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Yankees 2, Tigers 4: New York blows winnable game

Sloppy defense, wasted opportunities on offense, and questionable managerial decisions cost the Yankees their sixth straight win.

Giancarlo Stanton hit his 13th home run of the year tonight in the losing effort for the Yankees.
Giancarlo Stanton hit his 13th home run of the year tonight in the losing effort for the Yankees.
Rick Osentoski-USA TODAY Sports

They say it’s tough to win doubleheaders, but that’s no excuse. Sloppy defense, wasted opportunities on offense, and questionable managerial decisions cost the Yankees their sixth straight win. New York dropped the nightcap of the split-admission twinbill to the Tigers 4-2 at Comerica Park.

The Tigers drew first blood in a scary bottom of the second. Leonys Martin led off with a double which deflected off German’s hand and into left field. German was examined during an injury delay, but thankfully appeared to be unhurt and remained in the game. The Yankees failed to escape unscathed, though. Martin moved to third on a Gary Sanchez passed ball and scored on a Ronny Rodriguez sacrifice fly.

The Yankees tied the score immediately in the third. Clint Frazier lined a one-out single to center. With Frazier running on the pitch, Brett Gardner launched a drive into the right-center field gap which rolled all the way to wall. Frazier scored easily, while Gardy legged out his second triple of the year. After Aaron Judge struck out looking, Gary Sanchez drew a five-pitch walk. Then came another scary moment in the game.

Tigers starter Mike Fiers threw a pitch up and in to Giancarlo Stanton, which struck the defending NL MVP in the elbow. Stanton glowered at Fiers as he trudged slowly up the first-base line. Fiers, for his part, could be seen saying “I didn’t mean it.” Still, Stanton was understandably upset. Fiers, after all, was the pitcher who beaned him in the face while he was playing for the Marlins, causing Stanton to miss almost a year.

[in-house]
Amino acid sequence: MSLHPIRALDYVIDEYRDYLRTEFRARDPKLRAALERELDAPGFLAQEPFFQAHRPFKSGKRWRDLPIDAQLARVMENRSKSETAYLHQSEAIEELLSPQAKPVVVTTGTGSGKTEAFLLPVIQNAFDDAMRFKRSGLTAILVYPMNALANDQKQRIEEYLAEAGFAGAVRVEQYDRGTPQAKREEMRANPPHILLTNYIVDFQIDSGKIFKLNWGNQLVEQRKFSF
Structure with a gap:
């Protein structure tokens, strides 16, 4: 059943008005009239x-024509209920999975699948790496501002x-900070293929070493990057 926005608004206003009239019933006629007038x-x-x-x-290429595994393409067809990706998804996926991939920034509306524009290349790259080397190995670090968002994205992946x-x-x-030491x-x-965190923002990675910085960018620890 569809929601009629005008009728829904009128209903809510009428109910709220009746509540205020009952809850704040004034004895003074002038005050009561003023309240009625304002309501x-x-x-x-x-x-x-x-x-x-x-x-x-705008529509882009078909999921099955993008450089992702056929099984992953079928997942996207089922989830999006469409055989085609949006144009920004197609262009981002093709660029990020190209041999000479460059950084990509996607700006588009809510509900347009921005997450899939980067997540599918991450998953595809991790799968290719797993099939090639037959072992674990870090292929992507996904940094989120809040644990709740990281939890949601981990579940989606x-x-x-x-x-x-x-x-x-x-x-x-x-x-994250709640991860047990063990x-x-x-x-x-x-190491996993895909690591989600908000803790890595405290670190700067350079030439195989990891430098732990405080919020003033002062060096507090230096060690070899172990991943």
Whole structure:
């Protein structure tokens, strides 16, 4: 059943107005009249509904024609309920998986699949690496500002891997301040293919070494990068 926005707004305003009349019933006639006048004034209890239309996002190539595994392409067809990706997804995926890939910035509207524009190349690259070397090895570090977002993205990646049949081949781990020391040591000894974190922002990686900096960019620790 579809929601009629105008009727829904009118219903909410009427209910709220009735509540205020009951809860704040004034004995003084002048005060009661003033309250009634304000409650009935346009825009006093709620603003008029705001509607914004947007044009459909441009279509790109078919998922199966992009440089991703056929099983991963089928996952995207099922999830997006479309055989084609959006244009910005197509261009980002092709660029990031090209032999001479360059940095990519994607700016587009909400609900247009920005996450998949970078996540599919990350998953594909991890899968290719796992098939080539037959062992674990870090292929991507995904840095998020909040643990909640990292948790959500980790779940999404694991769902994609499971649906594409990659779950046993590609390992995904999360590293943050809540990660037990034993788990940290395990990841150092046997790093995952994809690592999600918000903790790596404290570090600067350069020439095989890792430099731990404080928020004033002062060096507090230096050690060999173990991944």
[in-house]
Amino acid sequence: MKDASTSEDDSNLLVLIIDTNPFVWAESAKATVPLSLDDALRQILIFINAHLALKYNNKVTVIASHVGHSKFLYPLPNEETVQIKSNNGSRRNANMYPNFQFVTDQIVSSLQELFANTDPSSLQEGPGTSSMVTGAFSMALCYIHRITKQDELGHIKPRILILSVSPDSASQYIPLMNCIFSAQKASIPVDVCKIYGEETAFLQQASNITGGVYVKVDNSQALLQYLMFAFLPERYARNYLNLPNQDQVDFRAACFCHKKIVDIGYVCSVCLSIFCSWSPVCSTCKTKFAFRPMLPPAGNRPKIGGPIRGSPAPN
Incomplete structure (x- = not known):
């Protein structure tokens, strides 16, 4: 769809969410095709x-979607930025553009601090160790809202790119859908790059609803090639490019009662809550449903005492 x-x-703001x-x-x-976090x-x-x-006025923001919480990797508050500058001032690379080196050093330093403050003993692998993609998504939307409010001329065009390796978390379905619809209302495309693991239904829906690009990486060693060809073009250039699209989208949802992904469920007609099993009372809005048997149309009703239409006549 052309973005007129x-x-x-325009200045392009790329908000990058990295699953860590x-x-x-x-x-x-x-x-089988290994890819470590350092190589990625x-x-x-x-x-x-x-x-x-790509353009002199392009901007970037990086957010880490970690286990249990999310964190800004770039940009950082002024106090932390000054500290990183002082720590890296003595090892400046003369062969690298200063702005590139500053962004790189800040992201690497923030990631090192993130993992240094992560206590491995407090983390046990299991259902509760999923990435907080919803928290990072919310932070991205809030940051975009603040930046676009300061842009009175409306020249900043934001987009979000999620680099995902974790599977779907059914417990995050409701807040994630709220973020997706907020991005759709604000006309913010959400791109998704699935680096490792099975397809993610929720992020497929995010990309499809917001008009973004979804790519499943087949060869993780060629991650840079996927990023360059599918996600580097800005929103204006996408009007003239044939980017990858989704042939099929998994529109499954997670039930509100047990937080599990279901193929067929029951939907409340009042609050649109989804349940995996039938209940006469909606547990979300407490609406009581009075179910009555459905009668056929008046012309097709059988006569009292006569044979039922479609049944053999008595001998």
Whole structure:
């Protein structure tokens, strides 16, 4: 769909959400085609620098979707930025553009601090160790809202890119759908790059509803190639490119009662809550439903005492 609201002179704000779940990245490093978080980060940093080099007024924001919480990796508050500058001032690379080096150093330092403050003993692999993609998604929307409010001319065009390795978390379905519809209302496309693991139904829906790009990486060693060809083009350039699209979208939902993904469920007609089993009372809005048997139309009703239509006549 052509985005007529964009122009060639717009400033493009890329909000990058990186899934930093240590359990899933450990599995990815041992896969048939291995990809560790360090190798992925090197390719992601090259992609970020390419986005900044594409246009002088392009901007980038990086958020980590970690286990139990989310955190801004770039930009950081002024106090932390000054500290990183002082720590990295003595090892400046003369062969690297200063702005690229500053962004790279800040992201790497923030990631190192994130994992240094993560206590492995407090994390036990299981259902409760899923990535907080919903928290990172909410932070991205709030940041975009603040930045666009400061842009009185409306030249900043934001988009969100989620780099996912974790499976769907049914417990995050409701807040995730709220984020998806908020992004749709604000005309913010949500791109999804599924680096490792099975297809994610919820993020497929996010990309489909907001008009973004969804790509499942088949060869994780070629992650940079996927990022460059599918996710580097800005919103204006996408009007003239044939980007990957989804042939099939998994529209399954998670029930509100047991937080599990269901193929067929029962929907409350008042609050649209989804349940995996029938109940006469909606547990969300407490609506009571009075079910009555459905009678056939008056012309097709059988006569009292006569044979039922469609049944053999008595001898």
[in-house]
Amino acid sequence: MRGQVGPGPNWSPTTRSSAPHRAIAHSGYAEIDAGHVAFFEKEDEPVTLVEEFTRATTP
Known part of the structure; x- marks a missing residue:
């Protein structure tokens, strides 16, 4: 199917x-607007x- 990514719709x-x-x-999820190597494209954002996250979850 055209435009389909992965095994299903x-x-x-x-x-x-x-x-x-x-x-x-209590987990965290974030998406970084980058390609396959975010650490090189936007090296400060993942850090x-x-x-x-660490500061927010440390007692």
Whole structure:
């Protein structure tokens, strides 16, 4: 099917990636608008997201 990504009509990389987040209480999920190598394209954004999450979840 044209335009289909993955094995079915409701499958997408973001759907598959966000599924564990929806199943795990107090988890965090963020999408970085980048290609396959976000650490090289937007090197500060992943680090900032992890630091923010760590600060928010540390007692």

Benches didn’t clear, but an extended delay ensued while home-plate umpire Alan Porter conferred with Tigers manager Ron Gardenhire. When play resumed, Fiers induced Gleyber Torres on a little comebacker. Fiers easily threw Gardner out at home for the inning-ending force play.

Failing to score with a runner on third and one out — and then with the bases loaded and two outs — in that frame wasn’t the only opportunity the Bombers squandered. They also wasted a two-out double by Miguel Andujar in the second, when Neil Walker struck out. Andujar then rocketed his 20th double of the year to lead off the fourth. This time, Walker did his part by moving him along to third on a grounder to second base, but Tyler Austin struck out and Frazier grounded out to end the inning.

Detroit took a 3-2 lead in the bottom of the fourth, thanks in part to more sloppy New York defense. Martin led off with a single, and James McCann doubled him home to tie the score. German got Rodriguez to ground out to third, which held the runner in place. Victor Reyes then flied out to center, and German appeared to have wiggled out of the jam when he induced Jeimer Castellanos to hit a weak pop up to shallow left field. Third baseman Andujar and left fielder Frazier converged. Either could have caught it easily, but neither did. The miscue was called a double — even though Andujar got a glove on it — and the runner scored easily for Detroit’s third run.